Rag Cutters

Hello all, and welcome new members! Well, after devoting the summer to designing, and building off road equipment I can again turn my attention to weaving! My studio is mostly finished, as is most of it's equipment. Since my interest lies in Scandinavian rag rugs I need to consider a better option for cutting rags. The Frasier cutter is now being produced under new management but is priced at $350.00 dollars! I'm thinking It might be time to consider something more economical that could be built at home. Perhaps some of you Home Built Equipment rag weavers have considered the same? Have any Ideas? Love to hear about them! Frank.

Comments

Posted on Tue, 08/21/2012 - 01:56

I have no idea why, but an old singer sewing machine motor comes to mind.  The main problem I have with my cutter is the speed is not adjustable, and turning it on and off is a pain.  So something with a foot controlled rheostat might be worth thinking about.  I wonder if you could use the blades for quilt cutters, although they might not be durable or strong enough.

Posted on Tue, 08/21/2012 - 07:33

I just saw a "strip it Cloth Cutter" in the Halcyon Yarn catalogue.  It is listed at $13.95 (prices can change without notice).  It is a plastic form that holds , from what I can see in the picture, 5 razor blades.  It cut four strips at a time to 1/4"; two at a time at a 1/2"; or single to 1/4", 1", 1 1/4".

It looked interesting, but I haven't tried it yet.

If pulling across razor blades works, then perhaps that could be expanded to having a rack of blades, similar to a raddle.  If you wound the cloth on the front beam and secured it to the back beam, then the cloth will be under tension (control).  Insert the razor blade raddle near the back beam, and roll the cloth from front to back and, on paper (in my mind) you would end up with strips, and a bit of waste at one end.   But I have never tried it, so.....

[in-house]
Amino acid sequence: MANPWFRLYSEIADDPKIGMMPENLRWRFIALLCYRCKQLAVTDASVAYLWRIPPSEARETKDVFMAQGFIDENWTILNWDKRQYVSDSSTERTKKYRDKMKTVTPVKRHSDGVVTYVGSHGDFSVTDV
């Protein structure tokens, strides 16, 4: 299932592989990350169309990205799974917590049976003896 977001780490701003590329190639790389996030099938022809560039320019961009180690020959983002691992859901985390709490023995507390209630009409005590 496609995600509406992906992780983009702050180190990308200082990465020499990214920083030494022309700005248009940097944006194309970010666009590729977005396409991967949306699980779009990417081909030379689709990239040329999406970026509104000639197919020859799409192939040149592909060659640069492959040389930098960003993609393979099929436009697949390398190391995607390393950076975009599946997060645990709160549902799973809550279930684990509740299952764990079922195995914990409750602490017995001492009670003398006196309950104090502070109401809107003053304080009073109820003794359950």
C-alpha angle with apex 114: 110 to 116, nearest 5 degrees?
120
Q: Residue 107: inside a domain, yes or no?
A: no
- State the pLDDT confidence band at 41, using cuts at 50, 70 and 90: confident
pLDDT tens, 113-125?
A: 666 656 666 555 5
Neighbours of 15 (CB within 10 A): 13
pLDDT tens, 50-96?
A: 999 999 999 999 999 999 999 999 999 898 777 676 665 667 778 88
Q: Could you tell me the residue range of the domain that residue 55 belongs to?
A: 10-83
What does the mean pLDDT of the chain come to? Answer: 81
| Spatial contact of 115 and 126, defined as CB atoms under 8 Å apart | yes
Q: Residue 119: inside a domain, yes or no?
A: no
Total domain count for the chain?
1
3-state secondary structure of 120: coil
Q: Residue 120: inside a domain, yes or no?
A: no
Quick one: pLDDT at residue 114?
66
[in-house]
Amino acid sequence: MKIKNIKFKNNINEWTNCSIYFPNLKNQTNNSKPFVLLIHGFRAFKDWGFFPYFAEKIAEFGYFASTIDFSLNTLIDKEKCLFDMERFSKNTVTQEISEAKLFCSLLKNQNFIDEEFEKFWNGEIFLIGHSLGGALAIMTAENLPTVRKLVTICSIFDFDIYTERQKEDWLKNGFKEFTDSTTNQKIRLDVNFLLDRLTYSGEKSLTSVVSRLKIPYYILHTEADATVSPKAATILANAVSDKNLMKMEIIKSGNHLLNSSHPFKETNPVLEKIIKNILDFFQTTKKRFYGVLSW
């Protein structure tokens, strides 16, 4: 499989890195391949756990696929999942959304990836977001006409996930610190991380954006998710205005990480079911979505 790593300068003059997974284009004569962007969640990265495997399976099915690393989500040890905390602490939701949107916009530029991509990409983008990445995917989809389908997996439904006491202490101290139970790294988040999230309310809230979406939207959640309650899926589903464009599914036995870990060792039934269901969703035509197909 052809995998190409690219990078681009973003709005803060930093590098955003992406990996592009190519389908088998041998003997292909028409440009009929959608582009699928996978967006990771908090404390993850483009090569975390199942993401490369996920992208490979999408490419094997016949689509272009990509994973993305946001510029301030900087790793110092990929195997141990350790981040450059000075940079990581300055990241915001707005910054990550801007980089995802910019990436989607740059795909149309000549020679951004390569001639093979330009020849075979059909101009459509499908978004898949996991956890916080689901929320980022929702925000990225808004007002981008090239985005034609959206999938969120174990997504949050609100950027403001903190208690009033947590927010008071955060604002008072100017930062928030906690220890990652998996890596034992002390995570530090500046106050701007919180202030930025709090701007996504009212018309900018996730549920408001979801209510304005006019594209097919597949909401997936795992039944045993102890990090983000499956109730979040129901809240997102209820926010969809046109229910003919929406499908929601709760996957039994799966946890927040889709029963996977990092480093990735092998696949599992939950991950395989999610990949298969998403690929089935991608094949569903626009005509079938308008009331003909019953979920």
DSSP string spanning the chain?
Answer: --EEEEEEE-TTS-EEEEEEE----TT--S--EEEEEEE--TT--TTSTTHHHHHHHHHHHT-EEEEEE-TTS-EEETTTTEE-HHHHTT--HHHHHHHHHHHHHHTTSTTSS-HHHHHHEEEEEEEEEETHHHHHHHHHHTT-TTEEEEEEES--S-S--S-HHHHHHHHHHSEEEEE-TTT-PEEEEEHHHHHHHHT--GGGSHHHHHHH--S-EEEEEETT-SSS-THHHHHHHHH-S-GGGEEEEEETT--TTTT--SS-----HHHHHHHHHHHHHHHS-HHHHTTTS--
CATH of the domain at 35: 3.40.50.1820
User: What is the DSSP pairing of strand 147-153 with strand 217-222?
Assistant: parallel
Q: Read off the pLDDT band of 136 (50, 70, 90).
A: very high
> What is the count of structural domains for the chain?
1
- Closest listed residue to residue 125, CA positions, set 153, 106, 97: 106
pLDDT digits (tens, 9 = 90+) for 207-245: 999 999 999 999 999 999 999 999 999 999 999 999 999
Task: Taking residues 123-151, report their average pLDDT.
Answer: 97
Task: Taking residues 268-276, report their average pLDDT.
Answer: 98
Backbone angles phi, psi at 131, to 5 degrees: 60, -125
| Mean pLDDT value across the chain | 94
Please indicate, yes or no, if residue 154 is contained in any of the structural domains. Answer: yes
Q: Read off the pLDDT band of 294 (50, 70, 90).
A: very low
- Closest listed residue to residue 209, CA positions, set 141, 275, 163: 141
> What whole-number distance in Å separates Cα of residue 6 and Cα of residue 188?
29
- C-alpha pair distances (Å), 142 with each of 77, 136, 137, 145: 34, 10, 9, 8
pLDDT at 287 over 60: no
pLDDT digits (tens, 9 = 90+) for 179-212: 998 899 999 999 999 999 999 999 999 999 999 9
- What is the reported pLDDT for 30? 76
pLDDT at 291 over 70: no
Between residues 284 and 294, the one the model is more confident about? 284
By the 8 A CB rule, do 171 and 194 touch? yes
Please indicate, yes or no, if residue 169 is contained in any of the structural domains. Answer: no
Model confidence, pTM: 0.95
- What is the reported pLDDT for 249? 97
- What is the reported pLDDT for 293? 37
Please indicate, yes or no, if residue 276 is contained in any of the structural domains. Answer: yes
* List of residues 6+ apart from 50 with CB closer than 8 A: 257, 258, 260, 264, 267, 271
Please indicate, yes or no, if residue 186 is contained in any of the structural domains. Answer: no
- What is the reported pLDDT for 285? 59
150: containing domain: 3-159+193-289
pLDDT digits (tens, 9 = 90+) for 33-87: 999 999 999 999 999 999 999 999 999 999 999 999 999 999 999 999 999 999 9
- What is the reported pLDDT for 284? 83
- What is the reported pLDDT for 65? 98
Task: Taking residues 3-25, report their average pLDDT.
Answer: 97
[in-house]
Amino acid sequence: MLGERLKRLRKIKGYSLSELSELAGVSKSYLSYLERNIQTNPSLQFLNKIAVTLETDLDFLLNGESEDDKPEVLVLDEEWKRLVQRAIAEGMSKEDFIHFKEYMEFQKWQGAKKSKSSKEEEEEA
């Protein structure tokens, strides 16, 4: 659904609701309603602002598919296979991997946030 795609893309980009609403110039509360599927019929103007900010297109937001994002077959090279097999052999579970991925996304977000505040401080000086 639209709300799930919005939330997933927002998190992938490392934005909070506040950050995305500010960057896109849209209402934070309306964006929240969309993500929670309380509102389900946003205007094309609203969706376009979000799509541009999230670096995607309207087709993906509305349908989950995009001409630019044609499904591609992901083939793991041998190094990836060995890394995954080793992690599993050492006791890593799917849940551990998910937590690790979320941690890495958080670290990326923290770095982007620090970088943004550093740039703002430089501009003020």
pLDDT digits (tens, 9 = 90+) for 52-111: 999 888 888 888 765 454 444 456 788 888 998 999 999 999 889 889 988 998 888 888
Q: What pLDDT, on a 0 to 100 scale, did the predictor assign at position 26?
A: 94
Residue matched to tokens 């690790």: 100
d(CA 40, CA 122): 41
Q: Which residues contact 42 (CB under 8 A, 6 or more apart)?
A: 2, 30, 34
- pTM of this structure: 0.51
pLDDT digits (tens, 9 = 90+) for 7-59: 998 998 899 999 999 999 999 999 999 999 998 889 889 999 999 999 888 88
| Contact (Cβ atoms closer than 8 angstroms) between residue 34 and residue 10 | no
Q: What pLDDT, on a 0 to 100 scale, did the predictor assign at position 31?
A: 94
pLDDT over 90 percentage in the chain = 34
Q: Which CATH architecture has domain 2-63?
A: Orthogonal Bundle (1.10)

Tom

 

Posted on Fri, 08/24/2012 - 02:08

Hi jenjscott, and tomrsay. Both ways have merit, manual, and mechanical. I have seen the Frazier cutter motorized using a sewing machine motor with a foot pedal rheostat. I like the overall design of the Frazier, but it would be great if it could cut six 1/2" strips at once! As for the razor type, multi blades drawn across a cutting surface with side tracks might work. Kind of a photo mat cutter capable of multiple cuts at once. That design should keep the fiber dust at a minimum. Guess it's time to go to the bench and experiment. Frank.

Posted on Fri, 08/24/2012 - 04:19

I have used my Fraser cutter many times over the last 30 years.  The cutting of one strip goes so fast that one needs to slow down to keep the fabric feeding in straight.  I still cut very fast, but I also accept some variation in the size of the strip.  I try to imagine a cutter with a second blade, cutting two at a time and I think that I would prefer to cut just one at a time.  It would take too much fiddling with the fabric.  Ripping the fabric is a better choice if it is ordinary thin fabric.  It goes very fast.  There are other ideas in the Meany Pfaff book, Rag Rug Handbook.

Joanne

Posted on Fri, 08/24/2012 - 21:08

I've had rag cutting machines (David Grant), fraser, rigby, electric scissors, scissors! When I made the rug for The Henry Ford Museum, I found the best way, fastest, easiest, cleanest was to use the rotary cutter with a very sharp blade. 200 yards of fabric were stripped into 1 inch strips. You can see pics here: http://marylulich.com/?page_id=194

Probably the cheapest option. My mat underneath was pretty worthless after the 200 yards tho!

Posted on Tue, 09/09/2014 - 23:26

So Mr. Loominary - did anything ever come from this idea?